::hugs::
[User Picture]
From:laurawise
Date:September 29th, 2009 07:00 pm (UTC)
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I should have clarified my terms, alack! But you're right about the blurry line.

Mike Steingarten's Slate story was about wine journalists/editors like Robert Parker, but even there Steingarten noted that eminent wine journalists like Jancis Robinson have webpages on which there are discussion boards.

Garance Dore, fashion blogger, illustrator, and amour of The Sartorialist ;-), just posted about how Dolce and Gabbana held four front-row seats for fashion bloggers (including her and the Sartorialist).

My own experience is that I'm reading fewer and fewer comments on blogs-not-on-livejournal and giving up on discussion boards almost entirely, because of noise-to-signal ratio. But I would definitely believe my experience is not representative. ;-)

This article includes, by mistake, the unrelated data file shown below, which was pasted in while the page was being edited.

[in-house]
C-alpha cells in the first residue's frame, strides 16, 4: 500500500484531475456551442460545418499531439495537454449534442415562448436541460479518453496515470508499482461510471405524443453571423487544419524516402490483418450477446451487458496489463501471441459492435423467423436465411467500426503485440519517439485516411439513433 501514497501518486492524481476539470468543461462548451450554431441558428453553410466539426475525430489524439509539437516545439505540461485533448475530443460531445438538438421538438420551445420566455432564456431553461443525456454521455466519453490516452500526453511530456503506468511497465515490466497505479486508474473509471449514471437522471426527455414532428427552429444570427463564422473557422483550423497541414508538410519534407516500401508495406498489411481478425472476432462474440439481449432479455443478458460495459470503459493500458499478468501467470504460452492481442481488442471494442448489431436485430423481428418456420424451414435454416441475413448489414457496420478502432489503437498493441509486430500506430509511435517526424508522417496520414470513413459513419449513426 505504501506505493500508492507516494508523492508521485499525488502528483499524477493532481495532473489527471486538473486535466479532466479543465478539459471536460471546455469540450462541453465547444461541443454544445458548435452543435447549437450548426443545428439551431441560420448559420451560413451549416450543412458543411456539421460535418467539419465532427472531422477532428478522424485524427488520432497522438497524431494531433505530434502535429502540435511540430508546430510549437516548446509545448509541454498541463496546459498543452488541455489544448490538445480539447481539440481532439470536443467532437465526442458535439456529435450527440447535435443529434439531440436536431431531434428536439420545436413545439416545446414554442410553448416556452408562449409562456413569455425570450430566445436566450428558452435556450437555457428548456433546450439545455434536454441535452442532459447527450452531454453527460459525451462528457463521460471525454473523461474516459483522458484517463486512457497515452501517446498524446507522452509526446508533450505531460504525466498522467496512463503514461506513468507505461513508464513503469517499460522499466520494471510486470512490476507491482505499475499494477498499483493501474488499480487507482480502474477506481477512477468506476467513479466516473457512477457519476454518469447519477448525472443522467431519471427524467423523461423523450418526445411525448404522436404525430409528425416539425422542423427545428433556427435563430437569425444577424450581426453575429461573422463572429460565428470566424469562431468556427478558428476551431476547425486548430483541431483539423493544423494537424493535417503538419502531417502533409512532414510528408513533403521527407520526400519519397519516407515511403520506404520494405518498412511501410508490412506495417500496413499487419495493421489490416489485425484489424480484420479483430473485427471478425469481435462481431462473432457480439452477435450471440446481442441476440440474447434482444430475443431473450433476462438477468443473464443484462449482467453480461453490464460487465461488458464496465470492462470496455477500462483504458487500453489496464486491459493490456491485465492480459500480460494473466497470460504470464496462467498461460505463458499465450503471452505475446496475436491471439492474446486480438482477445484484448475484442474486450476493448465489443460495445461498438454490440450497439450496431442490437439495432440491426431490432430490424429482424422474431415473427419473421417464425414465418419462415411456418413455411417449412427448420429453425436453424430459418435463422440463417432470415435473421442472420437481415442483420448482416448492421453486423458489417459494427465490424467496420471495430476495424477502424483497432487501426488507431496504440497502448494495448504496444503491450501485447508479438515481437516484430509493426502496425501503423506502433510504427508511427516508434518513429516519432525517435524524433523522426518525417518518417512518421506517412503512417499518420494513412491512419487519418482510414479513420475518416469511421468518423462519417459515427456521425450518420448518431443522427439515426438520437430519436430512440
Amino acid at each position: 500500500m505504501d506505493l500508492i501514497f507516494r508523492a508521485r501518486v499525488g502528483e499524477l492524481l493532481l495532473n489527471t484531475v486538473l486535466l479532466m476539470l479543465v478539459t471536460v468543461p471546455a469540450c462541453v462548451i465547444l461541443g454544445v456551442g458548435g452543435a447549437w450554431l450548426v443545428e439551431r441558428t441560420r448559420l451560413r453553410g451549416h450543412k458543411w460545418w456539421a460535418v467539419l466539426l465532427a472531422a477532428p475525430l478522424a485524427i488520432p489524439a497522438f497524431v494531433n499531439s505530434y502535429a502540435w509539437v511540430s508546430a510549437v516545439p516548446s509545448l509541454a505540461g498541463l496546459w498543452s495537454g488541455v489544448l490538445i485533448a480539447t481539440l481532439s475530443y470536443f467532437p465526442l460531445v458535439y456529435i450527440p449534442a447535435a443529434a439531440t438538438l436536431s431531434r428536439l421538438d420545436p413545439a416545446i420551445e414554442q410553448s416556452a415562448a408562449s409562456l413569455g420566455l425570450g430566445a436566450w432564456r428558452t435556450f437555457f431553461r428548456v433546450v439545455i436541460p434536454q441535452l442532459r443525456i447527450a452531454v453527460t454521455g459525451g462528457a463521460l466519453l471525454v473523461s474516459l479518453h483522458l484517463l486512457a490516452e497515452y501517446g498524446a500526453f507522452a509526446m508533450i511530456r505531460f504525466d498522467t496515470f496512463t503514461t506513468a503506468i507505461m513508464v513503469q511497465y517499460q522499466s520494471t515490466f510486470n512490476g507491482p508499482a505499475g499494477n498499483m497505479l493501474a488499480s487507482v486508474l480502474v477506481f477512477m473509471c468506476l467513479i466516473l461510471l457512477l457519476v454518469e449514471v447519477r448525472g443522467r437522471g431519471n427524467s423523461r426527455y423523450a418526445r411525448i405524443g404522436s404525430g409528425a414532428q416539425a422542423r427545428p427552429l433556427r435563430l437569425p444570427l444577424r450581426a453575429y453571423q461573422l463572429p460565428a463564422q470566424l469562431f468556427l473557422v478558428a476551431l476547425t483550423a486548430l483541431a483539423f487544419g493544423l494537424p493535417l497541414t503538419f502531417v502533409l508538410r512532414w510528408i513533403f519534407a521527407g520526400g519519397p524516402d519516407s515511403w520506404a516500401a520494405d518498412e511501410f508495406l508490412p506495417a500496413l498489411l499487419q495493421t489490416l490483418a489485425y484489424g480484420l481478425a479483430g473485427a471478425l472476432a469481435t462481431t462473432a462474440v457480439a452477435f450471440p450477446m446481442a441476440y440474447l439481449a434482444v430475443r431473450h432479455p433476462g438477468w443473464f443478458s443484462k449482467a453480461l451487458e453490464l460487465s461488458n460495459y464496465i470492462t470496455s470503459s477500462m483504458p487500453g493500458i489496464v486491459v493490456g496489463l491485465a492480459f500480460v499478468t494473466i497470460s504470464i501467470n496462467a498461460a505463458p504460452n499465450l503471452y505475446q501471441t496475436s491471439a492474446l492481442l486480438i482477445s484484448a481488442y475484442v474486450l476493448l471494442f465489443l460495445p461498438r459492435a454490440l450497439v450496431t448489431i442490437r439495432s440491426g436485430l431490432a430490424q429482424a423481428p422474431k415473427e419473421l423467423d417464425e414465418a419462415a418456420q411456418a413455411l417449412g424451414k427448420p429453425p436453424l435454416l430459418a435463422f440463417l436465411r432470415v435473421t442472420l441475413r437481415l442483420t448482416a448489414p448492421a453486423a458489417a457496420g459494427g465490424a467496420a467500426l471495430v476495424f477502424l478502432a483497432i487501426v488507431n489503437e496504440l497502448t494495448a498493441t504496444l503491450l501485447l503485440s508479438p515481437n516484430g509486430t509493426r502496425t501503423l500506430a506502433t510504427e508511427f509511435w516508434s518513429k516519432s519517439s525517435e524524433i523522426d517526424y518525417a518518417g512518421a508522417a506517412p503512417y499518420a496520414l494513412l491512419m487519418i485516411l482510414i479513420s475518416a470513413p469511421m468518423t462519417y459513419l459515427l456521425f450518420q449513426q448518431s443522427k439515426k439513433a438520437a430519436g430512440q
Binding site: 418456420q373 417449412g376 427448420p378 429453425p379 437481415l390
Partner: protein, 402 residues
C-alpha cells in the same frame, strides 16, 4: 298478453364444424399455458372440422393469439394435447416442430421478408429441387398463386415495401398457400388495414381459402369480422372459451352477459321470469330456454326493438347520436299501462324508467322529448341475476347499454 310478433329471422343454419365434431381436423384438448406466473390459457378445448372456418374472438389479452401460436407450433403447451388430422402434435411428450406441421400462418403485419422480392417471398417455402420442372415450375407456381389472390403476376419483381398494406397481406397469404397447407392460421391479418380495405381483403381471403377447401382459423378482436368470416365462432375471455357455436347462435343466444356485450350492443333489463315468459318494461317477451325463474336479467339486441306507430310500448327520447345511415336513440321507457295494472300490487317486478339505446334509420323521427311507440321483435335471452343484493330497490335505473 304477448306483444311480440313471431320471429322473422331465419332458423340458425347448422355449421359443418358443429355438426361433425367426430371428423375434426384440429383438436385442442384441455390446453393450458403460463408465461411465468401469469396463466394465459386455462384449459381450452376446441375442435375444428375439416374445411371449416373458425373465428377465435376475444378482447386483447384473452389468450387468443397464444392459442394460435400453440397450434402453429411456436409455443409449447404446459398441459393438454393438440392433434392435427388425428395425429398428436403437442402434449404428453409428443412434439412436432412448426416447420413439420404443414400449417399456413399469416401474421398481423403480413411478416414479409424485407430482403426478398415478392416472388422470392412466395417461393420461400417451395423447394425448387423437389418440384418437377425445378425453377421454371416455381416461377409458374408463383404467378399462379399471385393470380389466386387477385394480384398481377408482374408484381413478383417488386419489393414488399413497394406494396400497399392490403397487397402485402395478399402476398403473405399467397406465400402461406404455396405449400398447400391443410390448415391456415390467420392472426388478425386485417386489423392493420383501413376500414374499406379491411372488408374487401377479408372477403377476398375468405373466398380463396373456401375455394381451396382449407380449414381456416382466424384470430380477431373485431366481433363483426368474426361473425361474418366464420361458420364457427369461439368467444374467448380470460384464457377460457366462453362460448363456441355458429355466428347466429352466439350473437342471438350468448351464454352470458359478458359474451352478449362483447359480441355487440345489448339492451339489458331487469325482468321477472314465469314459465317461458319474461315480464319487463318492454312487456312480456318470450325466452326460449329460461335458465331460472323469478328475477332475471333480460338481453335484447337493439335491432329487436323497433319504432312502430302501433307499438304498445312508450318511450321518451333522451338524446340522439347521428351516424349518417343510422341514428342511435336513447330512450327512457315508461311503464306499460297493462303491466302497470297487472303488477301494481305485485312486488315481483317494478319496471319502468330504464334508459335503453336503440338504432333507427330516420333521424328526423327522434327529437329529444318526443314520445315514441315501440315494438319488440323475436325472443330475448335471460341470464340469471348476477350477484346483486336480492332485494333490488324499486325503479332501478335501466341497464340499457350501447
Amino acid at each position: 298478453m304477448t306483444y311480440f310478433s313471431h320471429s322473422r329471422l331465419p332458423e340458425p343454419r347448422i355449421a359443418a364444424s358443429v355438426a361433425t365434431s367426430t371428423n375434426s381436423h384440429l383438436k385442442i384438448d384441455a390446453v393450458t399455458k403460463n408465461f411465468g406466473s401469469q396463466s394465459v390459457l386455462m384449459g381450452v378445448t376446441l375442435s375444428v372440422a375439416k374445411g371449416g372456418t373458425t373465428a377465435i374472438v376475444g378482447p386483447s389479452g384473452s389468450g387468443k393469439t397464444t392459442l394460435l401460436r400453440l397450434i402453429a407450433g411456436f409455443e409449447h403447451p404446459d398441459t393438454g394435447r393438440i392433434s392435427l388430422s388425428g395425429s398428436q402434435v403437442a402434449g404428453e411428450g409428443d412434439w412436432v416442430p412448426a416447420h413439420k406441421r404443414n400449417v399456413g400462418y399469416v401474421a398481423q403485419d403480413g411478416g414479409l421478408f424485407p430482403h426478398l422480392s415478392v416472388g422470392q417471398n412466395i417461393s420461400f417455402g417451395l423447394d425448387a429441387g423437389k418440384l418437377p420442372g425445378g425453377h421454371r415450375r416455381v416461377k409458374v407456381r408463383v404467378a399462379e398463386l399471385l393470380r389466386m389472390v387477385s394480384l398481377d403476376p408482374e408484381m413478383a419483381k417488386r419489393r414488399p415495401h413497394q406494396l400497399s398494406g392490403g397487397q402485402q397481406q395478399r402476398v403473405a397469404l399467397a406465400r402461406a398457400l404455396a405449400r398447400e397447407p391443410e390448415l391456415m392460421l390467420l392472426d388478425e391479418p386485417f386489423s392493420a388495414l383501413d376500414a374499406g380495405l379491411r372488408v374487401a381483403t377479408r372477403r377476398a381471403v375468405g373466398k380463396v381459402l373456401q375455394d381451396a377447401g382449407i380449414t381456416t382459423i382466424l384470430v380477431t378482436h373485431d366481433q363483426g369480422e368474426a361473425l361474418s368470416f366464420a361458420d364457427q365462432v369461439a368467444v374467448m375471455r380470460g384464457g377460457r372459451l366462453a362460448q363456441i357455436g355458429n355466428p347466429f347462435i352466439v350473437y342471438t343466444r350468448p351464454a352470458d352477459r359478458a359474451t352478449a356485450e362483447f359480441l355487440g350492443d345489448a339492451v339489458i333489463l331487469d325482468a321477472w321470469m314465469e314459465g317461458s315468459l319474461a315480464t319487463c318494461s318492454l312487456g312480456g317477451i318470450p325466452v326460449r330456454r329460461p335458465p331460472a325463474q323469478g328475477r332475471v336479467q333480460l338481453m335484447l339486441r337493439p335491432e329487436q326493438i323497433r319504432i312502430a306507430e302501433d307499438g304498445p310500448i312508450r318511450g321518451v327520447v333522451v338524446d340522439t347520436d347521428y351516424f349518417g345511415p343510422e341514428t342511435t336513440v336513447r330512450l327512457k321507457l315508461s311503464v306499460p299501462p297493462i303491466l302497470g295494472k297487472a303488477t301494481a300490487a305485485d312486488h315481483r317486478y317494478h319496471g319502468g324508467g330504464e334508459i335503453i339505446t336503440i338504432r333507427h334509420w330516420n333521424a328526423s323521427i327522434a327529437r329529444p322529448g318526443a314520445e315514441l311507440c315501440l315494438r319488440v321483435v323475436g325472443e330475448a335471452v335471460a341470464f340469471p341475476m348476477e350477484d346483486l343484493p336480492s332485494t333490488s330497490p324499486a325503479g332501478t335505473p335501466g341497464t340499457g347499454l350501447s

[User Picture]
From:headrush100
Date:September 29th, 2009 07:58 pm (UTC)
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*waves!*

Do I read 'official' critics? Yes, but casually. I will cast my eye over Nicolette Jones's children's book reviews in the Sunday Times, or theatre, music, or (less often because of spoilers) film reviews in papers or magazines, but I don't usually make much effort to seek them out.

Do I read internet critics? Yes, often, as part of my job. I read them because I am usually checking out reviews of children's books I might want to buy for the library - so I look at 'Booktrusted', 'Achuka', the ALA website, Cool Reads, supplier reviews, 'Write Away', or any of a host of others. I will consider blogger's reviews/opinions as well, if they seem to be well written and reasoned. I also look at online versions of 'official' print reviews from journals such as the 'Horn Book' magazine. And I will admit that (especially for my own reading), I can be influenced by Amazon's reviews (again, if they seem well written and reasoned!).